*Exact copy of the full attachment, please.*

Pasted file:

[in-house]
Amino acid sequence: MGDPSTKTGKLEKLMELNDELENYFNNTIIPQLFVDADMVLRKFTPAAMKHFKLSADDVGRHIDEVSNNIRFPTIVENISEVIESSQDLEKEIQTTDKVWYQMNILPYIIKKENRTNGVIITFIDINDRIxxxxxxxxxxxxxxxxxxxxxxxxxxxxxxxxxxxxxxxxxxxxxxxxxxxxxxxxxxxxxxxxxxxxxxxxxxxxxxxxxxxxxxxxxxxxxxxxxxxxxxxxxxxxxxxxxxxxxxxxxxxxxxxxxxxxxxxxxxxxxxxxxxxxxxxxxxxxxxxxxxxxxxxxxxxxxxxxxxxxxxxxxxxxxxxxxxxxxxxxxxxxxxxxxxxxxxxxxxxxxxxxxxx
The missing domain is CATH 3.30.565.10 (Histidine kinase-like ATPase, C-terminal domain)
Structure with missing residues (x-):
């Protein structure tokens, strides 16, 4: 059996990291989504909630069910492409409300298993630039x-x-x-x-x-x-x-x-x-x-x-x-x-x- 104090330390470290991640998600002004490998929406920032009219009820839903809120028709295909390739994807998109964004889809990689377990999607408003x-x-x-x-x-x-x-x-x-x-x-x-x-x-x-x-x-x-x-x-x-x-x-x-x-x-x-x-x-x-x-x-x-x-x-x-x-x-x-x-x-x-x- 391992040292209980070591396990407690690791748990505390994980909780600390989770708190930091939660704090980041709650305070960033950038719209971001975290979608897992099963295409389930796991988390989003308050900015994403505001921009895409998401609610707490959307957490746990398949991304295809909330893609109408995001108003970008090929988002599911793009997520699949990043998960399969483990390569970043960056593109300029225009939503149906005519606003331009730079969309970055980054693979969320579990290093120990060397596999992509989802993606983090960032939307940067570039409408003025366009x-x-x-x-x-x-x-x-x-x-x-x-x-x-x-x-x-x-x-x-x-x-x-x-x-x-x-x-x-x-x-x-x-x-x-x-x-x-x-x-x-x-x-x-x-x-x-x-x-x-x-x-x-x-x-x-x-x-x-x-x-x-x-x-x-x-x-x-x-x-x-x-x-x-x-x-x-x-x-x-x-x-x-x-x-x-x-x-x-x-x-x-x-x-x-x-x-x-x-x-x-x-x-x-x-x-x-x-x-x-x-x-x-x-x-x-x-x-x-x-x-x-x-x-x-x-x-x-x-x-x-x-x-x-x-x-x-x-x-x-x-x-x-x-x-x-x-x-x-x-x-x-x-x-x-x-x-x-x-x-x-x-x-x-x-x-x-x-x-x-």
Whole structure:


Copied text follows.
[in-house]
Amino acid sequence: MGDPSTKTGKLEKLMELNDELENYFNNTIIPQLFVDADMVLRKFTPAAMKHFKLSADDVGRHIDEVSNNIRFPTIVENISEVIESSQDLEKEIQTTDKVWYQMNILPYIIKKENRTNGVIITFIDINDRIxxxxxxxxxxxxxxxxxxxxxxxxxxxxxxxxxxxxxxxxxxxxxxxxxxxxxxxxxxxxxxxxxxxxxxxxxxxxxxxxxxxxxxxxxxxxxxxxxxxxxxxxxxxxxxxxxxxxxxxxxxxxxxxxxxxxxxxxxxxxxxxxxxxxxxxxxxxxxxxxxxxxxxxxxxxxxxxxxxxxxxxxxxxxxxxxxxxxxxxxxxxxxxxxxxxxxxxxxxxxxxxxxxx
The missing domain is CATH 3.30.565.10 (Histidine kinase-like ATPase, C-terminal domain)
Structure with missing residues (x-):
């Protein structure tokens, strides 16, 4: 059996990291989504909630069910492409409300298993630039x-x-x-x-x-x-x-x-x-x-x-x-x-x- 104090330390470290991640998600002004490998929406920032009219009820839903809120028709295909390739994807998109964004889809990689377990999607408003x-x-x-x-x-x-x-x-x-x-x-x-x-x-x-x-x-x-x-x-x-x-x-x-x-x-x-x-x-x-x-x-x-x-x-x-x-x-x-x-x-x-x- 391992040292209980070591396990407690690791748990505390994980909780600390989770708190930091939660704090980041709650305070960033950038719209971001975290979608897992099963295409389930796991988390989003308050900015994403505001921009895409998401609610707490959307957490746990398949991304295809909330893609109408995001108003970008090929988002599911793009997520699949990043998960399969483990390569970043960056593109300029225009939503149906005519606003331009730079969309970055980054693979969320579990290093120990060397596999992509989802993606983090960032939307940067570039409408003025366009x-x-x-x-x-x-x-x-x-x-x-x-x-x-x-x-x-x-x-x-x-x-x-x-x-x-x-x-x-x-x-x-x-x-x-x-x-x-x-x-x-x-x-x-x-x-x-x-x-x-x-x-x-x-x-x-x-x-x-x-x-x-x-x-x-x-x-x-x-x-x-x-x-x-x-x-x-x-x-x-x-x-x-x-x-x-x-x-x-x-x-x-x-x-x-x-x-x-x-x-x-x-x-x-x-x-x-x-x-x-x-x-x-x-x-x-x-x-x-x-x-x-x-x-x-x-x-x-x-x-x-x-x-x-x-x-x-x-x-x-x-x-x-x-x-x-x-x-x-x-x-x-x-x-x-x-x-x-x-x-x-x-x-x-x-x-x-x-x-x-």
Whole structure: